13 Things People Don't Realize You're Doing Because You're Hypersensitive to Touch


Some of those with chronic pain conditions like fibromyalgia or migraine may experience a unique type of pain called allodynia, or sensitivity to touch. This heightened sensitivity can cause even the slightest breeze or the softest fabric to feel excruciating against the skin – making many parts of everyday life more challenging to navigate.

It’s important to note that hypersensitivity to an external stimulus, such as touch, is physiological in nature. It is a result of the person’s pain condition or other health issues – not a result of them being “too sensitive” mentally or emotionally. (But hey, it’s absolutely OK to be a “highly sensitive person” when it comes to emotions, too!)

Those with allodynia or hypersensitivity to touch may often find themselves doing certain things to avoid or manage a pain flare, though the reason behind their behavior isn’t always obvious to those around them. To help others better understand what it’s like to have this type of chronic pain, we asked our Mighty community to share something people don’t realize they’re doing because they’re sensitive to touch. If you see yourself in some of the following behaviors, know you’re not alone.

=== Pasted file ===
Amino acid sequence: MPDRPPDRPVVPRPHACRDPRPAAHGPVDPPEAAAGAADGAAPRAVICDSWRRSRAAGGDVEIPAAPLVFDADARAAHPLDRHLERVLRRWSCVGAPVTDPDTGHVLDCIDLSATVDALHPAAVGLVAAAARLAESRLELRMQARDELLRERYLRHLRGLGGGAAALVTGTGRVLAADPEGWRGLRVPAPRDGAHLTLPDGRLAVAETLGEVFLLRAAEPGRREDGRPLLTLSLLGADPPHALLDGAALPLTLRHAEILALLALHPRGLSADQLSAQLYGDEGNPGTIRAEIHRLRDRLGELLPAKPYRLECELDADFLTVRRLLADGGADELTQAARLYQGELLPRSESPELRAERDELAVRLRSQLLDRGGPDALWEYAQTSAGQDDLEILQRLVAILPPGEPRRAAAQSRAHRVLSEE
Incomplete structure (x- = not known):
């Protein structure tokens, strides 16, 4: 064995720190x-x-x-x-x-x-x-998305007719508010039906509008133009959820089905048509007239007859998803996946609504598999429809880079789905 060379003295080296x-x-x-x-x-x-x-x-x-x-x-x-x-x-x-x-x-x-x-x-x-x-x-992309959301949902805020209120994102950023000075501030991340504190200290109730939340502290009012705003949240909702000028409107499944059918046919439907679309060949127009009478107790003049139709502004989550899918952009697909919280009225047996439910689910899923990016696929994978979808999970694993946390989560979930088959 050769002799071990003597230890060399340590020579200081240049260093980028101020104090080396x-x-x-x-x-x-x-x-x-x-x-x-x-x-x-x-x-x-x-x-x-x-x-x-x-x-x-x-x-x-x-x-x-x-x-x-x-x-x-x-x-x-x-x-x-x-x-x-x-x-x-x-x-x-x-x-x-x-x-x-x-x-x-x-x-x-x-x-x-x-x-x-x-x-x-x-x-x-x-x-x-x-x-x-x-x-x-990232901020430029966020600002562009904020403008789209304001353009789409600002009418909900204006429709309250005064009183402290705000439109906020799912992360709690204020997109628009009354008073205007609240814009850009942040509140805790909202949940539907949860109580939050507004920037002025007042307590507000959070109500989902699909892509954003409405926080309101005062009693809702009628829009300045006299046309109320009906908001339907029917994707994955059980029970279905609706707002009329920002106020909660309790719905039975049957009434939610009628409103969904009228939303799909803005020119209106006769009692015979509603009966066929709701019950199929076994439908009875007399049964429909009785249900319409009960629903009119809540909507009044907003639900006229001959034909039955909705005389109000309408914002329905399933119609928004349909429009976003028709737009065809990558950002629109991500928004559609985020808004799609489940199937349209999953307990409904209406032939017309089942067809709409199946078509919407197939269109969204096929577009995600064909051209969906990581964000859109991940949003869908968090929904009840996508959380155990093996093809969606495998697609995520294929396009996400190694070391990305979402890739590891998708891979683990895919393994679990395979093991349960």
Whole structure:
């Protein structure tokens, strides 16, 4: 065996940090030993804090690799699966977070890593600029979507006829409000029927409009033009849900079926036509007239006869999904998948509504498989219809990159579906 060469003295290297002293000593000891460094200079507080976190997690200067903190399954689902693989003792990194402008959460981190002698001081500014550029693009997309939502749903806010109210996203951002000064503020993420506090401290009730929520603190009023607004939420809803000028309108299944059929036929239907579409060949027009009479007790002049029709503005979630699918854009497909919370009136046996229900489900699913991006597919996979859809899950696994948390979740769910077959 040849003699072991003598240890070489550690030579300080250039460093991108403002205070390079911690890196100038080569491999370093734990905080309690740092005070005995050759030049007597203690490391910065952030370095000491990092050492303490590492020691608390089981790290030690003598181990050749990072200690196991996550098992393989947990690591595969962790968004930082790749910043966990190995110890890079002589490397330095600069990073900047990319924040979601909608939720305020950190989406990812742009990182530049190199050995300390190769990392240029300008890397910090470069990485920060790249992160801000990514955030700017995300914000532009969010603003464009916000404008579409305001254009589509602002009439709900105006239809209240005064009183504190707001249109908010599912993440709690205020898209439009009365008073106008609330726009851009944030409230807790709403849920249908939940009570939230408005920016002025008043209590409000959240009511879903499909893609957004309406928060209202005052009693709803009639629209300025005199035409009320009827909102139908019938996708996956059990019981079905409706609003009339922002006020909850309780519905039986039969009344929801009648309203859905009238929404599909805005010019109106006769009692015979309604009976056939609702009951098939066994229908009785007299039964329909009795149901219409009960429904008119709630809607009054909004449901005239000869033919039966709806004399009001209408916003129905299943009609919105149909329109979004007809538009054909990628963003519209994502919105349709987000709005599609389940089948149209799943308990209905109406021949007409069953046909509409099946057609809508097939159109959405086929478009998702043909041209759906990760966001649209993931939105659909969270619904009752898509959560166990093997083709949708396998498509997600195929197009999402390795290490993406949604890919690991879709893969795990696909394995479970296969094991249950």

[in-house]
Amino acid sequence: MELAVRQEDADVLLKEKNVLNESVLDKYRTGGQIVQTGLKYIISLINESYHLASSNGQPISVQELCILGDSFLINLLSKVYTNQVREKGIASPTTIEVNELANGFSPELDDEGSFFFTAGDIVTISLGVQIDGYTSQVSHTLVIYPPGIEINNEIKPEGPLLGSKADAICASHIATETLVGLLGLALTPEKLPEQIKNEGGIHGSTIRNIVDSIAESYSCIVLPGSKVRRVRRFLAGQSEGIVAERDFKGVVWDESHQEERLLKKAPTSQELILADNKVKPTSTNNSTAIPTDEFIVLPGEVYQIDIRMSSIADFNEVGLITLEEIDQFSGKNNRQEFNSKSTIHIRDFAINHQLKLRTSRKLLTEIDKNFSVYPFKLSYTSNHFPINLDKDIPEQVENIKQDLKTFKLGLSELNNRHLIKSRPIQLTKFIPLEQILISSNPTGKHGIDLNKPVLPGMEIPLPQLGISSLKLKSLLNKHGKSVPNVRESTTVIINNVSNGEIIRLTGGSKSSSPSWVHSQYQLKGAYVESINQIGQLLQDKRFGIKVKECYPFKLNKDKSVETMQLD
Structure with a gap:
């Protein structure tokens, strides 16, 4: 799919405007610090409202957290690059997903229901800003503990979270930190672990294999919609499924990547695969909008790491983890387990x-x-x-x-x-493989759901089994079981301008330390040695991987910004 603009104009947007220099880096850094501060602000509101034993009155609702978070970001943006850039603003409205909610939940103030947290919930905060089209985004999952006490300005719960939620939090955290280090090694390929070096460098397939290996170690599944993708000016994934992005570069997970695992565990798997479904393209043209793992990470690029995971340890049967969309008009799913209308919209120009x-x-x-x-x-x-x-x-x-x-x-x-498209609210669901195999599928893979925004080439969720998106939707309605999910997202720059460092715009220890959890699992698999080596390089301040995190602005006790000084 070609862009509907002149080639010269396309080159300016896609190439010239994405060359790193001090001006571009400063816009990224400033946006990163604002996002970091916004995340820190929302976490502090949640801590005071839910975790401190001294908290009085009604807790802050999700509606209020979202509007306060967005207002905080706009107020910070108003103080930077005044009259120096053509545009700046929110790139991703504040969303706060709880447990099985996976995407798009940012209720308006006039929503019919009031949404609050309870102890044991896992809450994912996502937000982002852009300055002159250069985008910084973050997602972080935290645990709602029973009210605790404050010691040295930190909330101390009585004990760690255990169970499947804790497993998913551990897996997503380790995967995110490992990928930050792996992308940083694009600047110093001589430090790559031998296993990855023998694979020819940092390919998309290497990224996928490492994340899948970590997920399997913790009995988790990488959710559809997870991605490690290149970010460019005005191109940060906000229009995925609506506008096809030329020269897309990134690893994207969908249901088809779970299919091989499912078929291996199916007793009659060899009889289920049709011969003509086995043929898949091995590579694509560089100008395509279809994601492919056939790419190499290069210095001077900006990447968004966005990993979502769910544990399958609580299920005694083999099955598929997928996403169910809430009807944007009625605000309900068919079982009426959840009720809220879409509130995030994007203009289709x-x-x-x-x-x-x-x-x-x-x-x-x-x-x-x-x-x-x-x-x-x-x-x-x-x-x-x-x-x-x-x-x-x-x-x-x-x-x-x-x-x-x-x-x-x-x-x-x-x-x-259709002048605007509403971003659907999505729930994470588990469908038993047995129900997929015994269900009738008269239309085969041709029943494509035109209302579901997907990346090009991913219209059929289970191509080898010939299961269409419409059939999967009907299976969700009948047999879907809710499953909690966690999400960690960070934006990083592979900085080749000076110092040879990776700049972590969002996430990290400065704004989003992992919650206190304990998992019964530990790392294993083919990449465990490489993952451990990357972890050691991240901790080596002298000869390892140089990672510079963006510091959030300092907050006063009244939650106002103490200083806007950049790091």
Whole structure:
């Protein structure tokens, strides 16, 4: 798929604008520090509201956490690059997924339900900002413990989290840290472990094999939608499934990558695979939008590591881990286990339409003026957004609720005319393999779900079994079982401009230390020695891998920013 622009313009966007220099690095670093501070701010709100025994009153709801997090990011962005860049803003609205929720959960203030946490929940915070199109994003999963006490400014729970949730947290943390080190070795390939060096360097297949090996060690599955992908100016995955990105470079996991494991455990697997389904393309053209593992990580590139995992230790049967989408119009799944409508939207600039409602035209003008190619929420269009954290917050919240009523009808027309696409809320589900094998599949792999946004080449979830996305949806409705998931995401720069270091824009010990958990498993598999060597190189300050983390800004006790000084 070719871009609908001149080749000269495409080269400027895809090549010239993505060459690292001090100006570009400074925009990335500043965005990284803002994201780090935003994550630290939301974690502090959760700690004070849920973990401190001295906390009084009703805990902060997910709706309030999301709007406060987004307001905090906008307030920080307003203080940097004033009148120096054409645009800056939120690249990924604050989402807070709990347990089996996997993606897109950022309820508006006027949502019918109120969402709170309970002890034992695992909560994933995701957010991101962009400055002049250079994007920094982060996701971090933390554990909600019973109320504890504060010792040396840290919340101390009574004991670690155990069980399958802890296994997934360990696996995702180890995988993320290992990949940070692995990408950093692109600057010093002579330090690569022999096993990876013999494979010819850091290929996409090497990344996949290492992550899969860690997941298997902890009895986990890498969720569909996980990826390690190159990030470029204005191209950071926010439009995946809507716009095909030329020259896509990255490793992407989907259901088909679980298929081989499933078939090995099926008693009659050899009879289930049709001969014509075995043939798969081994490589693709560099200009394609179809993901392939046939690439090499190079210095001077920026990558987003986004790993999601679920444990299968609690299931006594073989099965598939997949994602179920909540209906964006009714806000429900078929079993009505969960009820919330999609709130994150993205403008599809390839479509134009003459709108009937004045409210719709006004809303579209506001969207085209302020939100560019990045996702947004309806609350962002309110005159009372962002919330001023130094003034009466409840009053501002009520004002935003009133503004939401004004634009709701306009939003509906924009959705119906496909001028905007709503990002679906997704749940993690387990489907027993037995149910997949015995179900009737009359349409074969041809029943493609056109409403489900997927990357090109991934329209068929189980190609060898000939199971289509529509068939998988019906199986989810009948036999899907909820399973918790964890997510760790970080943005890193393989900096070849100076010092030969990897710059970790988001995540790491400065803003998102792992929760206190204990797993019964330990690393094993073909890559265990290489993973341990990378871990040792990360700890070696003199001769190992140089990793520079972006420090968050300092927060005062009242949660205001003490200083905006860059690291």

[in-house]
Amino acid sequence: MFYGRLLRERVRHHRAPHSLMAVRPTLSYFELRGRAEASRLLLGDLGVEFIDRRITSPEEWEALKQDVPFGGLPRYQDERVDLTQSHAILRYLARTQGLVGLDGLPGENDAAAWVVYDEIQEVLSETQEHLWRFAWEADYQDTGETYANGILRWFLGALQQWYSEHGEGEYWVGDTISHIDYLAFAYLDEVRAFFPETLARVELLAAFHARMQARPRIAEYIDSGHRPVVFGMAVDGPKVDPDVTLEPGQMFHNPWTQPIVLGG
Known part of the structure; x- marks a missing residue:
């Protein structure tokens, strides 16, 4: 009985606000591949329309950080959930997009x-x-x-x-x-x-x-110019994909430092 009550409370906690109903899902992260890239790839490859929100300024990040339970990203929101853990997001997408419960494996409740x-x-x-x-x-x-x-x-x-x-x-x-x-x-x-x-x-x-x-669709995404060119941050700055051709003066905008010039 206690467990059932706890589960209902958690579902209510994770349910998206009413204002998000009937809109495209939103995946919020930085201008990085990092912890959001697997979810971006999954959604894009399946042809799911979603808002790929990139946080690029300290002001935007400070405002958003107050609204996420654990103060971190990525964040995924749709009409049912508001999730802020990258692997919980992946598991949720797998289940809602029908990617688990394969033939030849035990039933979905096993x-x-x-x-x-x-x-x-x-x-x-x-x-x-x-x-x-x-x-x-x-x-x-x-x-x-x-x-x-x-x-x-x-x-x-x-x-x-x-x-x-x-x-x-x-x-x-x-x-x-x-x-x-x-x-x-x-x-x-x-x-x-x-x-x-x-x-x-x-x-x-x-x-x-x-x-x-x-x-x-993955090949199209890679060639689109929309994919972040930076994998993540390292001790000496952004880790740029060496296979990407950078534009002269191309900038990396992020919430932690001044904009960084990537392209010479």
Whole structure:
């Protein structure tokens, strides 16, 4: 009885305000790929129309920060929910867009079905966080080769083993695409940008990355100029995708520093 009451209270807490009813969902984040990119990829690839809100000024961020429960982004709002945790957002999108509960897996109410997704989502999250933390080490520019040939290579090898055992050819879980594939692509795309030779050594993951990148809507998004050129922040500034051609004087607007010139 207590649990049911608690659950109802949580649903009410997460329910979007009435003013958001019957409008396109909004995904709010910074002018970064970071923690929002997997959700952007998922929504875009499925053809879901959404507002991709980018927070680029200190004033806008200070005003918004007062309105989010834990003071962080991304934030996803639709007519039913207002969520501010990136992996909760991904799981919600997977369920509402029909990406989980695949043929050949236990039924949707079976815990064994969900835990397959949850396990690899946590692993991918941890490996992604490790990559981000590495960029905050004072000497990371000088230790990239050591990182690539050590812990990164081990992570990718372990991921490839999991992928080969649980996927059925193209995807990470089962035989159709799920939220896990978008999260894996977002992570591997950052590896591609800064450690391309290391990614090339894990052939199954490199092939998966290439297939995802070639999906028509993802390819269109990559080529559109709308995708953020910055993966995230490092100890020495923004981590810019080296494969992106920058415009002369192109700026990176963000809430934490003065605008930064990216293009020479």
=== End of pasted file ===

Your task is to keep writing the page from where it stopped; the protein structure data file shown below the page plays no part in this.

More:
Here’s what our community shared with us:

1. Avoiding Hugs

I’m not a hugger. I have back and shoulder pain and actually prefer people don’t touch me because I’m afraid they’ll unintentionally hurt me. I don’t coil back to be rude and sometimes I’ll give a lighthearted hug but generally hold back.” – Allison M.

I don’t hug hello or goodbye if I can help it, way too overwhelming and I don’t want the memory of company clouded with the memory of stabbing pain.” – Rebecca M.

I take a step back if I anticipate a hug. I’ve even been known to put my hands up to stop someone from touching me or getting too close.” – Elizabeth T.

Refusing hugs. Some of my family members can hug me if they are super careful, but most people can’t. It just hurts waaay too much.” – Vanessa S.

2. Breathing Deeply

Inhaling deeply, coming across as mad or annoyed when really I’m just trying to cope with the level of pain I’m in and whatever is causing it.” – Lola L.

3. Always Wearing Pajamas

Dress in ‘pajamas.’ I am always in slouchy comfy clothes, it’s become a bit of a joke between my friends that I am always in jammies! I would love to dress the way I used to, in clothes, but when soft denim feels like pulling velcro across your skin, and shoes are like bear traps, it’s easier to dress a bit slobby!” – Melissa M.

I have to wear loose comfy jammies all the time. Clothes with low friction.” – Amy M.B.

When flaring, I wear my comfy PJs and clothes inside out so seams won’t irritate me.” – Jennifer B.